Details from a portrait of King James I by Dutch artist Daniel Mytens.

    Thomas Dekker penned a satirical almanac that mocked the miseries of the year:

    When Charitie blowes her nailes, and is ready to starve, yet not so much as a Watchman will lend her a flap of his freeze Gowne to keepe her warme: when tradesmen shut up shops, by reason their frozen hearted creditors goe about to nip them with beggerie: when the price of Sea-cole riseth, and the price of mens laboures falleth when everie Chimnye castes out smoak, but scarce any dore opens to cast so much as a marlbone to a Dog to gnaw: when beasts die for want of fodder in the field, and men are ready to famish for want of foods in the citie…

    Bubonic plague, which had flared up from time to time after the great outbreak of 1603, now made new inroads among the poor, hungry, and vagrants. “You have heard before of certaine plagues, and of a Famine that hangs over our heads in the cloudes,” Dekker added wryly. “Mis-fortunes are not borne alone, but like married fooles they come in couples.”

    Mis-fortunes are not borne alone, but like married fooles they come in couples

    Thomas Dekker

    Dekker’s epigram was just as fitting for England’s twin colonies in North America. It is often forgotten that Jamestown was only one half of the original Virginia Company venture. Its charter of April 1606 called for a pair of colonies: one to the south, with claims from present-day day North Carolina to New Jersey, and one to the north, with claims ranging from Delaware to Maine. The former — that is, the Jamestown colony — drew London investors hoping for Mediterranean commodities and lured by rumours of gold-bearing mountains and the Verrazzano Sea. The latter attracted West Country investors looking for a land and climate more like England’s, offering goods such as timber and fish, besides the perennial promise of precious metals.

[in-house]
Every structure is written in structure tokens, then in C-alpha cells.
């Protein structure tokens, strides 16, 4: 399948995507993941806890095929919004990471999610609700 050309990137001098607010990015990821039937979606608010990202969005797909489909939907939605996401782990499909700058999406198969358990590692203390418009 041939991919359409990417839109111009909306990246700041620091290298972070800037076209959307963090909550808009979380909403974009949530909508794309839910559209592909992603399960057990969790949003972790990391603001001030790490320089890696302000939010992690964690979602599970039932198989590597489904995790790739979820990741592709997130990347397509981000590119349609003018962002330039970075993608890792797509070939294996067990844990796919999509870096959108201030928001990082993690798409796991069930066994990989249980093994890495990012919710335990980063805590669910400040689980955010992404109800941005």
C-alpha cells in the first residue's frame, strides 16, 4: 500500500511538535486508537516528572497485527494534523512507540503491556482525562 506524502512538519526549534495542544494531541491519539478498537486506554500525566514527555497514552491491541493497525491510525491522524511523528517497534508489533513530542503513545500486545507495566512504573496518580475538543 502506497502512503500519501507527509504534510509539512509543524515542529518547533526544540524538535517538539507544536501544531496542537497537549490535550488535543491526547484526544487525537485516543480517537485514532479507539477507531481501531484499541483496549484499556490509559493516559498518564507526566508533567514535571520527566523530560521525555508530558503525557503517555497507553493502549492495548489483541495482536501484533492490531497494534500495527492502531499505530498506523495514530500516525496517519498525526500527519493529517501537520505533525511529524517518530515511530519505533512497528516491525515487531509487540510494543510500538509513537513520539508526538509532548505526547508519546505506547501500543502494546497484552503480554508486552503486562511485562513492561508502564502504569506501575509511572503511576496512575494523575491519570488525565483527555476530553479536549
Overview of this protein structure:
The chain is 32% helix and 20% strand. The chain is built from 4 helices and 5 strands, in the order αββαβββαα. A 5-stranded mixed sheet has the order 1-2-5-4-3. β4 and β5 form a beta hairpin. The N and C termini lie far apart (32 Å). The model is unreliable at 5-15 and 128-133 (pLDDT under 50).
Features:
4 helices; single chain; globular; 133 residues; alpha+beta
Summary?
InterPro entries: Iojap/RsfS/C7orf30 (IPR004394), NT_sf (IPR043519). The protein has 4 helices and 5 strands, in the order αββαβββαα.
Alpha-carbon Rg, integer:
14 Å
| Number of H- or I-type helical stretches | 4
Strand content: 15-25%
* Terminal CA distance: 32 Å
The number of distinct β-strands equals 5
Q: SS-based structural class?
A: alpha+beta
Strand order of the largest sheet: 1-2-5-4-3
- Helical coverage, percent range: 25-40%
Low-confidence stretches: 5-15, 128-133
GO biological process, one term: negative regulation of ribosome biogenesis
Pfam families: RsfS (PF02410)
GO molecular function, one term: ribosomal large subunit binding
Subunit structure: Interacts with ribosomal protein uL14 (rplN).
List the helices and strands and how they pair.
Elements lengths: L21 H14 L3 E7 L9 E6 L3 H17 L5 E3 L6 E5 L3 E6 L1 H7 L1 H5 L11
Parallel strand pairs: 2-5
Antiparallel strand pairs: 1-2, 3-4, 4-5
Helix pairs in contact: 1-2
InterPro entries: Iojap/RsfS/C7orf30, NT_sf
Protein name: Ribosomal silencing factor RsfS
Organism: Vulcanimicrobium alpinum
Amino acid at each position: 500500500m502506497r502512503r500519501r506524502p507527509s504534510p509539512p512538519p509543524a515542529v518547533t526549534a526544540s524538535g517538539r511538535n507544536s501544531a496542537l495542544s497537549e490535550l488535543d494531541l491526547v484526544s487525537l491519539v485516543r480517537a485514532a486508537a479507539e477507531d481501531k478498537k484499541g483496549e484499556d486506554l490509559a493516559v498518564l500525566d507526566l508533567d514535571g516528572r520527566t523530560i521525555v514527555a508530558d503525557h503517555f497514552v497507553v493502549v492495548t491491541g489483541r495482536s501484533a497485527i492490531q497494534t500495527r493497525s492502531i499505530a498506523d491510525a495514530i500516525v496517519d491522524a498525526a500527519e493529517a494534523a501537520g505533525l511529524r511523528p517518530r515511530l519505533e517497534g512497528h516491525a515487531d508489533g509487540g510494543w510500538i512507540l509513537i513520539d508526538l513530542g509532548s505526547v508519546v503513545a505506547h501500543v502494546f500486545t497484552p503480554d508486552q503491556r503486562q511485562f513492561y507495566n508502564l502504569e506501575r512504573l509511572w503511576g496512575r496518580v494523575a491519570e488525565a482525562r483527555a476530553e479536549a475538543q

In ordinary times, and given Jamestown’s desperate plight, the northern colony might have been the more promising of the two. Poor planning, conflict with the indigenous Wabanaki, and the extraordinary winter of 1607–1608 brought it to an untimely end instead. Around the same time, the voyages of Henry Hudson would bring back new descriptions of extreme Arctic cold and diminish hopes of finding a passage to the Pacific through Canada or New England. These failures would have lasting consequences for English exploration and settlement in North America. For all that the Jamestown colonists suffered during their first winters, experiences farther north would make Virginia — once feared as too tropical for the English — look like the most viable option.

    Excerpted from A Cold Welcome: The Little Ice Age and Europe’s Encounter with North America by Sam White, published by Harvard University Press. Copyright © 2017 by the President and Fellows of Harvard College. Used by permission. All rights reserved.